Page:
Turquoise Spans Centuries and Cultures

turquoise-stone-patti-tuck-articleby Patti Tuck

Last revised in 2014, tanzanite, zircon and turquoise are listed to illustrate the winter blues of December’s birthstones.  Of these three, turquoise has been known for more than 10,000 years and occupies a space in civilization that no other stone has ever occupied.   Turquoise has been celebrated by the peoples of the Orient, the American Indians, and civilizations of Africa, most notably the Egyptians.  It is one of the few minerals that gives its name to anything that resembles its striking color – white/powdery blue to the color of a robin’s egg to green.

The word turquoise dates back to the 13th century, drawing from the French expression pierre tourques, “Turkish stone.” Early trade routes brought turquoise to Europe from the mines in central Asia passing through Turkey.  Ancient Persia (Iran) was the traditional source for sky blue turquoise. This color is often called “Persian blue” today, regardless of its origin.

For thousands of years, turquoise has spanned all cultures, prized as a symbol of wisdom, nobility and the power of immortality. It occupies a place in the history of human civilization that no other stone has ever occupied. It was especially esteemed by Egyptians, American Indians and the peoples of the Orient. This is the only mineral able to change its color depending on the environment. It has been surrounded by numerous legends and superstitions in most cultures, and in the distant past inspired awe and worship. It was used both in jewelry and for ritual purposes on all the continents. Records of it are found in the very first works about gems, as well as in a number of myths (especially those of the Navajo Indians). The death mask of Tutankhamun was studded with Turquoise, as were the mosaic masks dedicated to the gods, the fabulous inlaid skulls, shields and power statues of Montezuma, the last ruler of the Aztecs.

For nearly a thousand years, Native Americans have mined and fashioned turquoise, using it to guard their burial sites. Their gems have been found from Argentina to New Mexico. Indian priests wore it in ceremonies when calling upon the great spirit of the sky. Many honored turquoise as the universal stone, believing their minds would become one with the universe when wearing it.

Turquoise is found in only a few places on earth: dry and barren regions where acidic, copper-rich groundwater seeps downward and reacts with minerals that contain phosphorus and aluminum. The three best known turquoise sites are Iran, the Sinai and the United States. The result of this sedimentary process is a porous, semi-translucent to opaque compound of hydrated copper and aluminum phosphate.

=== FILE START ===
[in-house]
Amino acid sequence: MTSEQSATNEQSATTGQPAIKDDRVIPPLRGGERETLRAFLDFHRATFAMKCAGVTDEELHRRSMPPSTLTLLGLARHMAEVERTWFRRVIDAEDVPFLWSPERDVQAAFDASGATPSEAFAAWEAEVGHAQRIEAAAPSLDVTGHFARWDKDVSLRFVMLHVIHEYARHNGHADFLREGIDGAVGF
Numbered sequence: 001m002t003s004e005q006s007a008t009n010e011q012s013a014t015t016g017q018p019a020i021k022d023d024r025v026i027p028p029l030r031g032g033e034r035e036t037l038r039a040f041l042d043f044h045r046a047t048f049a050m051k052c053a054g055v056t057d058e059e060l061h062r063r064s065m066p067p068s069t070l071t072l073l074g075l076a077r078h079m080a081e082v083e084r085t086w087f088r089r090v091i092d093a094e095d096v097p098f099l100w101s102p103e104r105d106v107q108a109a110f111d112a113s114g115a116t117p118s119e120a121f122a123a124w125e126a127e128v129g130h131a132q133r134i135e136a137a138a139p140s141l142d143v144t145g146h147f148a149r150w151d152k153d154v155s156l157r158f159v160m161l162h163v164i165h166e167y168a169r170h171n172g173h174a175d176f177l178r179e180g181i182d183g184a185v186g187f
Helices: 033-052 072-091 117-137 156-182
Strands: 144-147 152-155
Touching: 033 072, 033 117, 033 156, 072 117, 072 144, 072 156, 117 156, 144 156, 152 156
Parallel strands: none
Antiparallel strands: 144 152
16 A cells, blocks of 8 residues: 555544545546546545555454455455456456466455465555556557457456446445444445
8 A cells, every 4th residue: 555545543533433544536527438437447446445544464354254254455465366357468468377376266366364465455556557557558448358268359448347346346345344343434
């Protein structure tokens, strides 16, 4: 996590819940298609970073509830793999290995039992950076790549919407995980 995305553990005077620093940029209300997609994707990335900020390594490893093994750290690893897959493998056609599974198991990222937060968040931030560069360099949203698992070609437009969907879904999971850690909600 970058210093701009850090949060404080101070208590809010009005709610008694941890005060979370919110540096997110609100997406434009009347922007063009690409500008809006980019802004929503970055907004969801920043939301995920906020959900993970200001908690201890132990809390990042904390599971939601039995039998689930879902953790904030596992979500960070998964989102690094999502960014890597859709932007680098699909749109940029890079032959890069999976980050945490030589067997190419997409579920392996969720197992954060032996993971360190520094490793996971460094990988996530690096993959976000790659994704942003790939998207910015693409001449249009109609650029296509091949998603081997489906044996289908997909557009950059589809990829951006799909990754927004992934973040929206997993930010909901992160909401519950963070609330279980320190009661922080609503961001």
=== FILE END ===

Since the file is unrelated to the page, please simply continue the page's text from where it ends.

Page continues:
For most of time, blue turquoise varieties were considered most desirable, while green turquoise was thought to be inferior. It was believed by the ancients that blue turquoise did not lose color over time, and that stones with lesser blues would eventually fade to green. However, history has shown that this is not the case. Since recent times, the demand for green turquoise has increased. In fact, there are several green turquoise varieties that are now considered to be some of the top ranked turquoise available today, including many of Nevada’s turquoise and also China’s’Skyhorse’ and ‘China Mountain’ varieties.

The demand for White Turquoise  has occurred fairly recently. There are critics and competitors who say it isn’t turquoise at all. However, White Buffalo Turquoise is found in veins like turquoise. Much of it is mined in Nevada in the same area as turquoise. The veins themselves are surrounded by a black chert, a black rock similar to flint. White turquoise cuts and polishes like its blue cousin.  There has been much debate  exchanged as to whether the white variety is actually turquoise.  This particular stone is often referred to as simply White Buffalo as the debate is ongoing.

Turquoise goes in and out of style.   However, if you live in Texas you should own at least one piece of this cultural icon…wear or decorate with it.  Enjoy the beautiful color as those before you.

Works cited:

Danchevskaya, O. Y. (n.d.). Where Does Turquoise Come From? Retrieved October 20, 2016, from https://tskies.com/where-does-turquoise-come-from/  Institute of http://www.gia.edu/turquoise-description

https://www.americangemsociety.org/en/december-birthstones

http://www.durangosilver.com/white-turquoise.html

https://www.crystalvaults.com/crystal-encyclopedia/turquoise

http://www.gemselect.com/other-info/green-turquoise.php

https://en.wikipedia.org/wiki/Turquois

 

 

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